The Influence of Shift Work, Light at Night and Clock Gene Polymorphisms on Melatonin Levels and Breast Cancer Risk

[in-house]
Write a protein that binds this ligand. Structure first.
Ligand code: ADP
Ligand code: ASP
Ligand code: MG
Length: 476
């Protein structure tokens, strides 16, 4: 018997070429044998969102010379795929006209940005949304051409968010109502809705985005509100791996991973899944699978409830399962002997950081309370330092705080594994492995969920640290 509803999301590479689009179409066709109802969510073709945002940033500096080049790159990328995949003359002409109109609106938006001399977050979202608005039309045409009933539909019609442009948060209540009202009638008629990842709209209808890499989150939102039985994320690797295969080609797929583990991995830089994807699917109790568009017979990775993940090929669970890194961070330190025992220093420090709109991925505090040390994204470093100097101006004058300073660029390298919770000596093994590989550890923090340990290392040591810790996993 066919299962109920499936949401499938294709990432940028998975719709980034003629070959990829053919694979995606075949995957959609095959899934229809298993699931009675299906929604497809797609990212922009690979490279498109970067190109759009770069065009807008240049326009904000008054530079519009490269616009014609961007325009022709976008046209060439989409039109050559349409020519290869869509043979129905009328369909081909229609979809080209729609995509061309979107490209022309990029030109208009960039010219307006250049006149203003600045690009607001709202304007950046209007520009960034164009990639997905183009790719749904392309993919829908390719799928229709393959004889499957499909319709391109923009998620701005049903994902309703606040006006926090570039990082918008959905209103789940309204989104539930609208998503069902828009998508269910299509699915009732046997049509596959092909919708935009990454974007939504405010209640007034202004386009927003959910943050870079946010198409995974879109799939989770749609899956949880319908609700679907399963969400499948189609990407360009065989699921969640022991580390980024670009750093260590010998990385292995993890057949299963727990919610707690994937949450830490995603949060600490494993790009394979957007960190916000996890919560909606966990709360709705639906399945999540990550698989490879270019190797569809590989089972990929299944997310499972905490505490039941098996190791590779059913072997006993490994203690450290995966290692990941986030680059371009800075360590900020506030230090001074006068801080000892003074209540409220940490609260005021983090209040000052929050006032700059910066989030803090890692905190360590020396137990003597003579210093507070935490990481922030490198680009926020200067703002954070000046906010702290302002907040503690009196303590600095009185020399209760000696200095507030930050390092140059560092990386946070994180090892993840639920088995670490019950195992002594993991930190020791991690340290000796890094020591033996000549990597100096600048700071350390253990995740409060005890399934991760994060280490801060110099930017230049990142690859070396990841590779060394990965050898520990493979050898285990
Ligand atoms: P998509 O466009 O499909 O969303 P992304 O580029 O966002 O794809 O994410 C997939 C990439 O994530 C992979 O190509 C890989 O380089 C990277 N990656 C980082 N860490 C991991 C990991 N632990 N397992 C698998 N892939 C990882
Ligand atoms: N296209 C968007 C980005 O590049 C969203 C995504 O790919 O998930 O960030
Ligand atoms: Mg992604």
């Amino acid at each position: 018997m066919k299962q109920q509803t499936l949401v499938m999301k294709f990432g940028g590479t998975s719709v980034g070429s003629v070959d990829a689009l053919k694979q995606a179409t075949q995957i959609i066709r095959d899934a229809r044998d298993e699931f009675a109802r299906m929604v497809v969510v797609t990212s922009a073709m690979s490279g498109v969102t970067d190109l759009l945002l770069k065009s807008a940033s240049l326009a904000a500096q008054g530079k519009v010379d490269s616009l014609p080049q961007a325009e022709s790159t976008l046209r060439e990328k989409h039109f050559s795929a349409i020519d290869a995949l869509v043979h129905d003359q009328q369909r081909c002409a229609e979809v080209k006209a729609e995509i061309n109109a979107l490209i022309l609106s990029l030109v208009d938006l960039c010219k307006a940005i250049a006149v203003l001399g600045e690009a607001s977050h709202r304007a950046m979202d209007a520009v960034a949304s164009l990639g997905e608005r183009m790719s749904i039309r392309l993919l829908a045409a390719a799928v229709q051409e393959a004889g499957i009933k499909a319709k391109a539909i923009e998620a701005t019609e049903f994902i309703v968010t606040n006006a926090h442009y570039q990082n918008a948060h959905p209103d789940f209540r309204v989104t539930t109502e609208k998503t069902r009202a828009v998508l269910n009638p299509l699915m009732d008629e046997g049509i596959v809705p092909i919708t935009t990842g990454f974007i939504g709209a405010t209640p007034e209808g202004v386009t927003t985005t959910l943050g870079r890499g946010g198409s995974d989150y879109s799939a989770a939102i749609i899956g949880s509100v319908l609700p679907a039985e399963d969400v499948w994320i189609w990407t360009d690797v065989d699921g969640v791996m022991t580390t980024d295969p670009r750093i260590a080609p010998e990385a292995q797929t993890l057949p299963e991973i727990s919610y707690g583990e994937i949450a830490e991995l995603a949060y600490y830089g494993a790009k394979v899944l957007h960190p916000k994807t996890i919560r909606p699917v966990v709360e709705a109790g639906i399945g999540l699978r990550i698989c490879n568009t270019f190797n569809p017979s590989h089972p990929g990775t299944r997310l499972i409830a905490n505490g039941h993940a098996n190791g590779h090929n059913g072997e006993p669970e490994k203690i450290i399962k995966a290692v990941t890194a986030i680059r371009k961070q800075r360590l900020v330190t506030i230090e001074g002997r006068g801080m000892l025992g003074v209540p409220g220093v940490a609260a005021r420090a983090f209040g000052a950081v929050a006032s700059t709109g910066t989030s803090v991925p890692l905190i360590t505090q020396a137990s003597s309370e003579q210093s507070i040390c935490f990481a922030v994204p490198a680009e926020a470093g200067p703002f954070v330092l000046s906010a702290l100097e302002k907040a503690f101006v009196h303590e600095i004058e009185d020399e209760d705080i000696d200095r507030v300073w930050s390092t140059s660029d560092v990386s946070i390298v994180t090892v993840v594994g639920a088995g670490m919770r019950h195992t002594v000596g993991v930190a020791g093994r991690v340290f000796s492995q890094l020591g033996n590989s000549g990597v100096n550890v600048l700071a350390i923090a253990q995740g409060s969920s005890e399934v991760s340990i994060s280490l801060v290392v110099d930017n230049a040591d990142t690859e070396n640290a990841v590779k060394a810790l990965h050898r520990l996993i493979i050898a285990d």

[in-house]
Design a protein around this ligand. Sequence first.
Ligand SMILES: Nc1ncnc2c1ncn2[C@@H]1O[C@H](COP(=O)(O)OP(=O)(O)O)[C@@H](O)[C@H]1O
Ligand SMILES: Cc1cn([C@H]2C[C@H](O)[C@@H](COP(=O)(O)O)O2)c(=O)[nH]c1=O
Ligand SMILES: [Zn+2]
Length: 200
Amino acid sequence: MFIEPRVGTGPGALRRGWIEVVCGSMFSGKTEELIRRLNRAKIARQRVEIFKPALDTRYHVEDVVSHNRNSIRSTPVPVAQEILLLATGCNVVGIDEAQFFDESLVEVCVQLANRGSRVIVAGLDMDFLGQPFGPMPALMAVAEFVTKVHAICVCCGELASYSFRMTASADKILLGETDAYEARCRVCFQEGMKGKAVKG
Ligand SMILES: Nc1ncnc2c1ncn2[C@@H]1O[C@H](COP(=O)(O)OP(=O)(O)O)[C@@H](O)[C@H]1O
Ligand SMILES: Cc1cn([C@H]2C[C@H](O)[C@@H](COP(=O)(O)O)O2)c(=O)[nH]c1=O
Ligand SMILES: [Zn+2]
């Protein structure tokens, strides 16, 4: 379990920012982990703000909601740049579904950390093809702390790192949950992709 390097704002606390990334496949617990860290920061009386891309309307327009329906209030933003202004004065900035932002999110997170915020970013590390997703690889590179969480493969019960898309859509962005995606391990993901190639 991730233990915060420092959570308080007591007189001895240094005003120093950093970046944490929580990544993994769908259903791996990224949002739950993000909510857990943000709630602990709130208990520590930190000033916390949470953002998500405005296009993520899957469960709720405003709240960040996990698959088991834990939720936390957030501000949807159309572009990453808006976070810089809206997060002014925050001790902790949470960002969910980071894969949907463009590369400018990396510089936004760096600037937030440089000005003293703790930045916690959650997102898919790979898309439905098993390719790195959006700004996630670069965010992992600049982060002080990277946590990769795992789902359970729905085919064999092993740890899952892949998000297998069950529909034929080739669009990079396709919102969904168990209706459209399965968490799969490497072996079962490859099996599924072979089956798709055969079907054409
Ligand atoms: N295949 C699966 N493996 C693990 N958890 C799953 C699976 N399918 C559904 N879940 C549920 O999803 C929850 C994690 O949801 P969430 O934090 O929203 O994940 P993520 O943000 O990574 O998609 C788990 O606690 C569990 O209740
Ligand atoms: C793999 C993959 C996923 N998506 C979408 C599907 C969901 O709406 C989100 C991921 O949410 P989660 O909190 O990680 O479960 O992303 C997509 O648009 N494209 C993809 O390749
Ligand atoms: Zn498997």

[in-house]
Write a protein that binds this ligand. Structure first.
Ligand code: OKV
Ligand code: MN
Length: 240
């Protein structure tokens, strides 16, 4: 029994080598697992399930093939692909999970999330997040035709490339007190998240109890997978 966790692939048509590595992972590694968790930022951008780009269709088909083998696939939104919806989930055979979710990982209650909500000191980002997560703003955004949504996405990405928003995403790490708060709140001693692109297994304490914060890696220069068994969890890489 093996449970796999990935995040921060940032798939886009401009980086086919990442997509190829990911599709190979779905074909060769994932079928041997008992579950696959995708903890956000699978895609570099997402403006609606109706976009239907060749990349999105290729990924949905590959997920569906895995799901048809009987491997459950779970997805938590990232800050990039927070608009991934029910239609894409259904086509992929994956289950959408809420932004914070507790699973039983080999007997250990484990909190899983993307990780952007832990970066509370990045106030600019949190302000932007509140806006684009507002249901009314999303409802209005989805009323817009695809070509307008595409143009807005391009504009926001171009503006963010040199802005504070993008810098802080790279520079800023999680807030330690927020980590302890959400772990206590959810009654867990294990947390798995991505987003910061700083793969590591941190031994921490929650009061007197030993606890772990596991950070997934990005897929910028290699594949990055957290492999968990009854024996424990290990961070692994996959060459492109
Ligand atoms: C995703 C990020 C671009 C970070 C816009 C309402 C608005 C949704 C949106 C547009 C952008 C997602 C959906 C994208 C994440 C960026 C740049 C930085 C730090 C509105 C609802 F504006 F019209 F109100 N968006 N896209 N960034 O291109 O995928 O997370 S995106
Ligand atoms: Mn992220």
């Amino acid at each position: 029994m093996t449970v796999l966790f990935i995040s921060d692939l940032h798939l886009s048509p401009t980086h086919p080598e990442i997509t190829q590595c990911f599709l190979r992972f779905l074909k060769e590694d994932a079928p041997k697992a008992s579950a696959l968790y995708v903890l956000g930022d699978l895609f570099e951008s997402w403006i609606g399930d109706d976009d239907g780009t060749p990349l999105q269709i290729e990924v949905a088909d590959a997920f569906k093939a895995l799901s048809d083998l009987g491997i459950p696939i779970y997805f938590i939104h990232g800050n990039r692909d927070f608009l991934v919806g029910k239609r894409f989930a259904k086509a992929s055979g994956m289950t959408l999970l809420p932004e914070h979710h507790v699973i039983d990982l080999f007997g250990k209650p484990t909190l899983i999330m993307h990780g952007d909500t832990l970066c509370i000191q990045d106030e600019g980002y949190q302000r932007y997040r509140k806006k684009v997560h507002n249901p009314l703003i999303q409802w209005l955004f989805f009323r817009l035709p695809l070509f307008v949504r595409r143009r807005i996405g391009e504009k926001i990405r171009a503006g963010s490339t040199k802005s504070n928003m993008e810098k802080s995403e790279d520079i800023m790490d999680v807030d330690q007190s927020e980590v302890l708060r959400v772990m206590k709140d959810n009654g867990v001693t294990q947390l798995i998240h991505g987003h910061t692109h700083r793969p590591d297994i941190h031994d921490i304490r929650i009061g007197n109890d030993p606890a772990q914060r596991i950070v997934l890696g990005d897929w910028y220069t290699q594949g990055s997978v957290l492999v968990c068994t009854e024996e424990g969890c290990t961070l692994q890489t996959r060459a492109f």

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Background: Shift work has recently been identified as a breast cancer risk factor, where meta-analysis has indicated an approximately 50% increased risk among long-term shift workers. However, additional studies with more comprehensive methods of shift work exposure assessment are needed to capture the diversity of shift patterns. The hypothesized mechanism for this relationship involves chronodisruption (altered circadian rhythms), where increased exposure to light at night during night shifts may decrease production of the cancer-protective hormone melatonin. Further, coordination of circadian rhythms, including melatonin production, is governed by the interactions of a set of central clock genes. Recent studies have suggested that variants in clock genes are associated with cancer risk at multiple sites, including breast cancer, although few studies have considered potential interactions with shift work. Methods: This thesis examined relationships of both shift work and clock gene polymorphisms (and their interactions) with breast cancer risk in a case-control study of 1,142 cases and 1,178 controls. The association between light exposure and melatonin production was also investigated in a longitudinal biomarker study conducted among 123 nurses working a two-day, two-night rotating shift pattern. Results: In the case-control study, an association between breast cancer and ≥30 years of shift work (OR = 2.20, 95%CI = 1.13 – 4.28) was detected, although no relationship with short (0 – 14 years) or medium (15 – 29 years) term shift work was observed. As well, variants in 14 clock-related genes were not associated with breast cancer and there were no apparent interactions with shift work history. In the biomarker study, both peak melatonin levels and daily change in melatonin levels were similar when nurses were working their day and night shifts. Further, on the night shift, a slight inverse relationship between light and change in melatonin was observed (p = 0.04). Conclusions: Taken together, these results contribute to the understanding of both the association between shift work and breast cancer, and the biologic mechanisms underlying this relationship. Since shift work is required for many occupations, understanding the mechanisms through which it impacts breast cancer is important to the development of healthy workplace policy.